Color is King in This Boston CondoText by Marni Elyse Katz Photography by Sean Litchfield
“It’s not every day that clients ask you to design a home around Lady Gaga’s stilettos,” says Boston-based designer Dane Austin. “But when they do, you run with it.”
Looking for a change of pace, the clients, a thirty-something couple who are longtime friends of Austin and his husband, traded a 630-square-foot rental on New York’s Upper East Side for a 1,200-square-foot condo in downtown Boston last fall. The wife says, “We wanted the fun part of our personalities to be represented front and center.”
Said stilettos, created by local shoe designer Thom Solo and purchased at the Fenway Health Men’s Event auction, are displayed on a pedestal with a spotlight, like fine art. “They convey the couple’s flair for dramatic style,” Austin says.
The home is awash in such touches. The open living space is painted Benjamin Moore Paisley Pink. The couple love the color—the husband often sports a pink shirt, bowtie, or socks with his Paul Smith suits—and its connotations—a fun nod to his stylist, whose name is Paisley. For the designer, it’s a cool shade of blush that acts as a neutral backdrop for bold moments of black and gray, from the door and window trim to the upholstery and artwork. Austin notes, “The best interiors balance masculine and feminine.”
In the seating area, a clean-lined sectional and acrylic-backed swivel seats, all covered in textural geometric fabrics, surround a resin and gold-leaf coffee table reminiscent of a Fabergé egg. It’s an apt association, since the husband’s passion is Russian literature. A smooth, toe-stub-proof design was essential—the husband broke his toe on their last coffee table while reviewing, yes, Russian literature. “We walked around it to make sure nothing similar could happen again,” Austin says.
The chairs in the dining area mix easily with the ones across the room, and the table’s zigzag base echoes the shapes on the sofa fabric. “There’s a lot of pattern, but it all coordinates,” says the designer. The wow comes from a statement painting by Lily Koto Olive, a friend of the husband, and from the articulating branch chandelier with crinkled glass tips. The fixture, which can be stretched to match the width of the expandable dining table, or reconfigured just for fun, is interactive art in its own right. “Dane rearranges it every time he comes over,” says the wife.
To pull pink into the center of the space, Austin commissioned decorative painter Pauline Curtiss to create a Venetian plaster finish on the kitchen island. A pair of cherry-and-mint-colored cage pendants by Roll & Hill hang like exclamation points above it. “They look like earrings the homeowner would rock with a great outfit,” Austin says.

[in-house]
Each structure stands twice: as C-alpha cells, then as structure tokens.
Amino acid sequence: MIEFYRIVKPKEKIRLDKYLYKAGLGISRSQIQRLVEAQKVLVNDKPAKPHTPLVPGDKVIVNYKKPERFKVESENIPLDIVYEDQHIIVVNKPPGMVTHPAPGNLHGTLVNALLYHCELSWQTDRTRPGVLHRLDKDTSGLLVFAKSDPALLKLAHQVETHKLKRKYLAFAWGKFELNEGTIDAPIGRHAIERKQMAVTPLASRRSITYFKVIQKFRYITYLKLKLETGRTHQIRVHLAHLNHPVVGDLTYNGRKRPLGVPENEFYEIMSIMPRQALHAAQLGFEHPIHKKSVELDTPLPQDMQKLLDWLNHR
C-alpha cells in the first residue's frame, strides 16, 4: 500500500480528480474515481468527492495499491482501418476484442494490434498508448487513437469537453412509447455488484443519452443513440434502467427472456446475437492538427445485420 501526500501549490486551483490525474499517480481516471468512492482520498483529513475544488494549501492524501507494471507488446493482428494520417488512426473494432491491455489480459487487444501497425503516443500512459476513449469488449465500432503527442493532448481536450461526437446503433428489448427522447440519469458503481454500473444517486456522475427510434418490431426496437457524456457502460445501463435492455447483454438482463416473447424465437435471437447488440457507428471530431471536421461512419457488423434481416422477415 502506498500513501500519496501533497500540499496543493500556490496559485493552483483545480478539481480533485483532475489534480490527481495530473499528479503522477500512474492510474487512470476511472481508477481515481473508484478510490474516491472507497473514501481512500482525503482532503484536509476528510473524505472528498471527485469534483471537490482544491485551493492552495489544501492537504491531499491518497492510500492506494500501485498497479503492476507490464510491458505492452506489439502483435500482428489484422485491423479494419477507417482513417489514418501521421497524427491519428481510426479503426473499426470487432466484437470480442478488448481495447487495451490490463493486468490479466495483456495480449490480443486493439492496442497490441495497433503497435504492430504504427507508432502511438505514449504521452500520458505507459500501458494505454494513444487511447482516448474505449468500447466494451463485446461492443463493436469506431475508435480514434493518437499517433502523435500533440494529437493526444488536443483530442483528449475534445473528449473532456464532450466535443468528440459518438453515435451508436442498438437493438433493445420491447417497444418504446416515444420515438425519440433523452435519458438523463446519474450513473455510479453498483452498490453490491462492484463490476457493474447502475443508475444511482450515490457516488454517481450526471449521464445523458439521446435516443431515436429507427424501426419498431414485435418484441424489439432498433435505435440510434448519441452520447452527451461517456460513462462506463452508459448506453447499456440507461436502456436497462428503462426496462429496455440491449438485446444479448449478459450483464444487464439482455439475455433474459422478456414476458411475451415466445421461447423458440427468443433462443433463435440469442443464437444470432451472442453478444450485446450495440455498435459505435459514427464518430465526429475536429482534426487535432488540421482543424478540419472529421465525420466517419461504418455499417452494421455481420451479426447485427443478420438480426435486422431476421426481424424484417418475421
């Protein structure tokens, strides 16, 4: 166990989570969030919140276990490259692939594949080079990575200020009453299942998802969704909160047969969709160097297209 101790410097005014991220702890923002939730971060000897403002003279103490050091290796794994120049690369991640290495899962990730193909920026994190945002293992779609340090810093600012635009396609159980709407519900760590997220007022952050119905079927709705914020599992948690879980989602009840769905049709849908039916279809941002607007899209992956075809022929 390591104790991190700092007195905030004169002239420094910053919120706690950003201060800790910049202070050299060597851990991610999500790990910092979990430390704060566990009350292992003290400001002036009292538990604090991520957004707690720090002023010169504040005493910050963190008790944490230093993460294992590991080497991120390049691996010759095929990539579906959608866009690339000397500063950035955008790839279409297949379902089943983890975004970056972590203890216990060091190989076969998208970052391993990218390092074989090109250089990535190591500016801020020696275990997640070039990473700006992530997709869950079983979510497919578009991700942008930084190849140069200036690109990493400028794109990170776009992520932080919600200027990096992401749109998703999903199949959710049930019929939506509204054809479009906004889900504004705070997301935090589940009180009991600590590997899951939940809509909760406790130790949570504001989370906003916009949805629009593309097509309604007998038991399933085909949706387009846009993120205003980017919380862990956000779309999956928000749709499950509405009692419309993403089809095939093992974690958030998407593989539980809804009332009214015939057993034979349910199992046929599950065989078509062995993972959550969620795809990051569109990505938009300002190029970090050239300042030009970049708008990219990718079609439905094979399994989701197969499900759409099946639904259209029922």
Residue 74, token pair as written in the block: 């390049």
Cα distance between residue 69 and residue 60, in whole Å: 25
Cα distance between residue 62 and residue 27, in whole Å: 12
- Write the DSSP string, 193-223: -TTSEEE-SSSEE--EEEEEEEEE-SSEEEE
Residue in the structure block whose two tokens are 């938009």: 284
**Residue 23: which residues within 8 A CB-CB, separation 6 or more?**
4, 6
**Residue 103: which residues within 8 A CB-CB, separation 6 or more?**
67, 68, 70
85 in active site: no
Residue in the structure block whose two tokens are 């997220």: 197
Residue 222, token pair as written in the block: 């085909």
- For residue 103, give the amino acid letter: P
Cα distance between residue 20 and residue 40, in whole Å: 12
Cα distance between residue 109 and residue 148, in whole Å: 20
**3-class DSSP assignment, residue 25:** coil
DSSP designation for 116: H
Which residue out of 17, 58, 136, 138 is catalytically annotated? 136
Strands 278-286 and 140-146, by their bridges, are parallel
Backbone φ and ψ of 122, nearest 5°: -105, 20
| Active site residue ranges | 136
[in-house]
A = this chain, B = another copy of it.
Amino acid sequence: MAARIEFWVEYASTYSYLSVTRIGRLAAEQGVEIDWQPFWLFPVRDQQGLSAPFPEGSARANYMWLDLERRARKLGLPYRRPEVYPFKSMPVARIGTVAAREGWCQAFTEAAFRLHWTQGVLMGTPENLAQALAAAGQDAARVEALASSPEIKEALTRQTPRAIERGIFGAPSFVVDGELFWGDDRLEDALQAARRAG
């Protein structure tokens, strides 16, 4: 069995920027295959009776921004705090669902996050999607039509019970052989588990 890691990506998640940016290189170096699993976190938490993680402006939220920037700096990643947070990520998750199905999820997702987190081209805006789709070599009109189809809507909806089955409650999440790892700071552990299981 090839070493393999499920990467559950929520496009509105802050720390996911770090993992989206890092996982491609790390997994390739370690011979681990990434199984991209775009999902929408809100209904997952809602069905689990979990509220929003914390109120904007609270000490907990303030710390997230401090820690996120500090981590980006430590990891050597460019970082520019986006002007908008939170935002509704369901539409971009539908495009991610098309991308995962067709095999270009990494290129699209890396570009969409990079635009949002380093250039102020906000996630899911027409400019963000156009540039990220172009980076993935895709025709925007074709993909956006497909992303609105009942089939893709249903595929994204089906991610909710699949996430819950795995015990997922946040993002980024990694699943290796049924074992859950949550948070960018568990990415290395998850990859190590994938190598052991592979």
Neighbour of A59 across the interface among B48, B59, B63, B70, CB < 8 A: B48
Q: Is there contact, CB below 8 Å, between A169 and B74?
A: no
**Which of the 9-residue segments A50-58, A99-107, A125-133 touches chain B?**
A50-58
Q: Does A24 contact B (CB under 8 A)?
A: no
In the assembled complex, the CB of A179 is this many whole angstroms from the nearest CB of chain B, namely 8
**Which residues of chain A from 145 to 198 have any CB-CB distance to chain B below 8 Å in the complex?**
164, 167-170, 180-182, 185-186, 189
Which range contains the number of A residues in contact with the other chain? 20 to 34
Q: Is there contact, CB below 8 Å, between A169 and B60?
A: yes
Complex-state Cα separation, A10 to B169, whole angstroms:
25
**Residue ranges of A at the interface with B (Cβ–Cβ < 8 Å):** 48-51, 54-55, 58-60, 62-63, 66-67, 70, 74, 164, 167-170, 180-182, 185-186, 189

The pendants’ color combination informed the color palette in the office, with its historic green walls and red lacquered desk, where the husband, a semi-retired investment analyst, spends his days. The artwork includes gritty street scenes and a portrait by sidewalk artist Paul Richard, whose drip paintings he used to skateboard over in Manhattan.
The wife keeps her book collection in the guest room, where Austin installed Christian Lacroix wallpaper picturing colonial scenes overlaid with bamboo. The choice was inspired by the British sitcom Absolutely Fabulous, which Austin’s husband and the wife watched incessantly when they were roommates. “Lacroix was a frequent topic,” explains Austin. As a housewarming gift, Austin designed the loopy neon sign reading “Chic Chick,” alluding to an inside joke shared by the friends. (“Chic” is written upside down.) “They love commissioned pieces, so I thought it would be a fun signature,” says the designer.
On a field trip to the Boston Design Center, Austin and the wife spotted the dreamy watercolor mural by Phillip Jeffries used in the master bedroom. The soothing backdrop is visible from the kitchen, and keeps color flowing. A crystal halo chandelier amps up the glam, and hints at elements in a 1997 photograph by David LaChapelle, Addicted to Diamonds, which the couple cited as inspiration early in the process.
The couple succeeded in shaking things up with their move, and with Austin’s help, their decor. “I think this aesthetic was in us all along; we were just limited as renters,” the wife says. “Now people come over and say, ‘Oh, this is so you guys!’ ”
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